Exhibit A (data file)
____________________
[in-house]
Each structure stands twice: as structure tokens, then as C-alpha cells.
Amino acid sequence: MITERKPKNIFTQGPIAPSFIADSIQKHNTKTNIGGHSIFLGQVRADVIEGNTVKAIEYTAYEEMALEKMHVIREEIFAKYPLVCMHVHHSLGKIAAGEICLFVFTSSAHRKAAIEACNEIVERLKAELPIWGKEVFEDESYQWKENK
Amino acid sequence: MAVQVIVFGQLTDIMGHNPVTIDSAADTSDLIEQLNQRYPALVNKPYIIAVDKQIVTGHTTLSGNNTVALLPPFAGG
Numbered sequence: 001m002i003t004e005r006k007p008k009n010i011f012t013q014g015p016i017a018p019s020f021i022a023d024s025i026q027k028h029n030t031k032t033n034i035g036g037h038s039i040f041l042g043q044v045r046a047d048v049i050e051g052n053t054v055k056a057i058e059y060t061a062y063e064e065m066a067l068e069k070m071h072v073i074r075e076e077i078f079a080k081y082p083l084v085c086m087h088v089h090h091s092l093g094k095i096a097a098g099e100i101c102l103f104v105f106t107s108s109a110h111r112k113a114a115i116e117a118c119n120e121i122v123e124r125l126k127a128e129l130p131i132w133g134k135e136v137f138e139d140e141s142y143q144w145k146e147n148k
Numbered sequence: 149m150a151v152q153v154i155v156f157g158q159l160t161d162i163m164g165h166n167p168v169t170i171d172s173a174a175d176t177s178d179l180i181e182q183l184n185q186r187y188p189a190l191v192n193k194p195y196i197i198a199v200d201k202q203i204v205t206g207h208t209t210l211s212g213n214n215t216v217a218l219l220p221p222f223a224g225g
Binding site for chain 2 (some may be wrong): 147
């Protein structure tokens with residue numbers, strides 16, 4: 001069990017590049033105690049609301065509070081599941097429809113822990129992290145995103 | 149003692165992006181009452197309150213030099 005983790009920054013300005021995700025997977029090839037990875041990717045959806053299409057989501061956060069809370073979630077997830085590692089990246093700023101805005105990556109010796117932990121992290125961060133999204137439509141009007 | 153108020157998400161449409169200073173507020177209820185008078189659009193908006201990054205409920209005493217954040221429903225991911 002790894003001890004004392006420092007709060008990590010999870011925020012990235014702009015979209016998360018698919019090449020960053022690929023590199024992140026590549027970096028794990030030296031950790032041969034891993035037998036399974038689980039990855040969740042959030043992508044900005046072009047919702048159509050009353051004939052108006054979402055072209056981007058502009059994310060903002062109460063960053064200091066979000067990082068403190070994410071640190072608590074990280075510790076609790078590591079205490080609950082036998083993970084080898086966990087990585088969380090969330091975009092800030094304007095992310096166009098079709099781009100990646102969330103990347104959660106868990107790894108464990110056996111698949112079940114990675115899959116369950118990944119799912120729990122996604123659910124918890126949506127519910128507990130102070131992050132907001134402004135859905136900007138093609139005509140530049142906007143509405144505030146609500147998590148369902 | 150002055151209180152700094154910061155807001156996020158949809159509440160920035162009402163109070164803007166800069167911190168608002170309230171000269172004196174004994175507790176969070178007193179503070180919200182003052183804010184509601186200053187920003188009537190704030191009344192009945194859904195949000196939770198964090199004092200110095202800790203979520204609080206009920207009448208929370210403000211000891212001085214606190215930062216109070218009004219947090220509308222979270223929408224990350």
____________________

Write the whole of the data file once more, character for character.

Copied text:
[in-house]
Each structure stands twice: as structure tokens, then as C-alpha cells.
Amino acid sequence: MITERKPKNIFTQGPIAPSFIADSIQKHNTKTNIGGHSIFLGQVRADVIEGNTVKAIEYTAYEEMALEKMHVIREEIFAKYPLVCMHVHHSLGKIAAGEICLFVFTSSAHRKAAIEACNEIVERLKAELPIWGKEVFEDESYQWKENK
Amino acid sequence: MAVQVIVFGQLTDIMGHNPVTIDSAADTSDLIEQLNQRYPALVNKPYIIAVDKQIVTGHTTLSGNNTVALLPPFAGG
Numbered sequence: 001m002i003t004e005r006k007p008k009n010i011f012t013q014g015p016i017a018p019s020f021i022a023d024s025i026q027k028h029n030t031k032t033n034i035g036g037h038s039i040f041l042g043q044v045r046a047d048v049i050e051g052n053t054v055k056a057i058e059y060t061a062y063e064e065m066a067l068e069k070m071h072v073i074r075e076e077i078f079a080k081y082p083l084v085c086m087h088v089h090h091s092l093g094k095i096a097a098g099e100i101c102l103f104v105f106t107s108s109a110h111r112k113a114a115i116e117a118c119n120e121i122v123e124r125l126k127a128e129l130p131i132w133g134k135e136v137f138e139d140e141s142y143q144w145k146e147n148k
Numbered sequence: 149m150a151v152q153v154i155v156f157g158q159l160t161d162i163m164g165h166n167p168v169t170i171d172s173a174a175d176t177s178d179l180i181e182q183l184n185q186r187y188p189a190l191v192n193k194p195y196i197i198a199v200d201k202q203i204v205t206g207h208t209t210l211s212g213n214n215t216v217a218l219l220p221p222f223a224g225g
Binding site for chain 2 (some may be wrong): 147
């Protein structure tokens with residue numbers, strides 16, 4: 001069990017590049033105690049609301065509070081599941097429809113822990129992290145995103 | 149003692165992006181009452197309150213030099 005983790009920054013300005021995700025997977029090839037990875041990717045959806053299409057989501061956060069809370073979630077997830085590692089990246093700023101805005105990556109010796117932990121992290125961060133999204137439509141009007 | 153108020157998400161449409169200073173507020177209820185008078189659009193908006201990054205409920209005493217954040221429903225991911 002790894003001890004004392006420092007709060008990590010999870011925020012990235014702009015979209016998360018698919019090449020960053022690929023590199024992140026590549027970096028794990030030296031950790032041969034891993035037998036399974038689980039990855040969740042959030043992508044900005046072009047919702048159509050009353051004939052108006054979402055072209056981007058502009059994310060903002062109460063960053064200091066979000067990082068403190070994410071640190072608590074990280075510790076609790078590591079205490080609950082036998083993970084080898086966990087990585088969380090969330091975009092800030094304007095992310096166009098079709099781009100990646102969330103990347104959660106868990107790894108464990110056996111698949112079940114990675115899959116369950118990944119799912120729990122996604123659910124918890126949506127519910128507990130102070131992050132907001134402004135859905136900007138093609139005509140530049142906007143509405144505030146609500147998590148369902 | 150002055151209180152700094154910061155807001156996020158949809159509440160920035162009402163109070164803007166800069167911190168608002170309230171000269172004196174004994175507790176969070178007193179503070180919200182003052183804010184509601186200053187920003188009537190704030191009344192009945194859904195949000196939770198964090199004092200110095202800790203979520204609080206009920207009448208929370210403000211000891212001085214606190215930062216109070218009004219947090220509308222979270223929408224990350």